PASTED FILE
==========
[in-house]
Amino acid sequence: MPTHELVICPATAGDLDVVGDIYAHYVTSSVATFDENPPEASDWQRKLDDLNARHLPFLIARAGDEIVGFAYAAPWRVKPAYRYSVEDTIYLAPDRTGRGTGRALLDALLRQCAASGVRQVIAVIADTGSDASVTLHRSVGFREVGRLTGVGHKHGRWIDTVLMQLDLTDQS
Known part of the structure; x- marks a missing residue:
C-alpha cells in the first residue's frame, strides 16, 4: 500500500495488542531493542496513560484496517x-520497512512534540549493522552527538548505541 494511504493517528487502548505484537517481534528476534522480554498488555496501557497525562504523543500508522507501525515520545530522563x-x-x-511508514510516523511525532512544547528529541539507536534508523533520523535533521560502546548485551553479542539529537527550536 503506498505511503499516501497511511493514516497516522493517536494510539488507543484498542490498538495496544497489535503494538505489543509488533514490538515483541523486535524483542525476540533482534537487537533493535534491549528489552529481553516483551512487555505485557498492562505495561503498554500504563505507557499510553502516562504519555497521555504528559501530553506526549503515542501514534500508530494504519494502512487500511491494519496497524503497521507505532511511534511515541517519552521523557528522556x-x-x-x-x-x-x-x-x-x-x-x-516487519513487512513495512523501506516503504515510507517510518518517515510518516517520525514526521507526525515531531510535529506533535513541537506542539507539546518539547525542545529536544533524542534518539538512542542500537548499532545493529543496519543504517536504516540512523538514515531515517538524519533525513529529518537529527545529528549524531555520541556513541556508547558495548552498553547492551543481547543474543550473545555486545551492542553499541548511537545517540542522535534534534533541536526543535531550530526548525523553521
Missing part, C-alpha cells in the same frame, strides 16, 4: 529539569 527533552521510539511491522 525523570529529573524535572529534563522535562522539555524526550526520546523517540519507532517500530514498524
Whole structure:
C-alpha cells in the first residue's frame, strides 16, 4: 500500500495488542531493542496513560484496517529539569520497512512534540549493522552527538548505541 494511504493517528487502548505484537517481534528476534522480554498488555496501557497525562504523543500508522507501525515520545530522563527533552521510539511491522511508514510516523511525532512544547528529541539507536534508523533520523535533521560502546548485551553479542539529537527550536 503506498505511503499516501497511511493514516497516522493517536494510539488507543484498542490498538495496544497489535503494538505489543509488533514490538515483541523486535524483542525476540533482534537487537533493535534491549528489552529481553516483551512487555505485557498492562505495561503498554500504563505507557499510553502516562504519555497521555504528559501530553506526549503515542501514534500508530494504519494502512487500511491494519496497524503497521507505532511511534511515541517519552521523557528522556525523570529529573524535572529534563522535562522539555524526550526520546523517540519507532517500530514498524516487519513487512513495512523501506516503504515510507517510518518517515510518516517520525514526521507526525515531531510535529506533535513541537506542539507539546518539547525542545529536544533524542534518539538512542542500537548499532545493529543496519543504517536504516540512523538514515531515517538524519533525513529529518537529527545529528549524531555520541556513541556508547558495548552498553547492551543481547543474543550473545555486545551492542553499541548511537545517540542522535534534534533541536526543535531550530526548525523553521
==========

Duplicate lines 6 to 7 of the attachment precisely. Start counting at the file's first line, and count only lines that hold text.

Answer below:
Whole structure:
C-alpha cells in the first residue's frame, strides 16, 4: 500500500495488542531493542496513560484496517529539569520497512512534540549493522552527538548505541 494511504493517528487502548505484537517481534528476534522480554498488555496501557497525562504523543500508522507501525515520545530522563527533552521510539511491522511508514510516523511525532512544547528529541539507536534508523533520523535533521560502546548485551553479542539529537527550536 503506498505511503499516501497511511493514516497516522493517536494510539488507543484498542490498538495496544497489535503494538505489543509488533514490538515483541523486535524483542525476540533482534537487537533493535534491549528489552529481553516483551512487555505485557498492562505495561503498554500504563505507557499510553502516562504519555497521555504528559501530553506526549503515542501514534500508530494504519494502512487500511491494519496497524503497521507505532511511534511515541517519552521523557528522556525523570529529573524535572529534563522535562522539555524526550526520546523517540519507532517500530514498524516487519513487512513495512523501506516503504515510507517510518518517515510518516517520525514526521507526525515531531510535529506533535513541537506542539507539546518539547525542545529536544533524542534518539538512542542500537548499532545493529543496519543504517536504516540512523538514515531515517538524519533525513529529518537529527545529528549524531555520541556513541556508547558495548552498553547492551543481547543474543550473545555486545551492542553499541548511537545517540542522535534534534533541536526543535531550530526548525523553521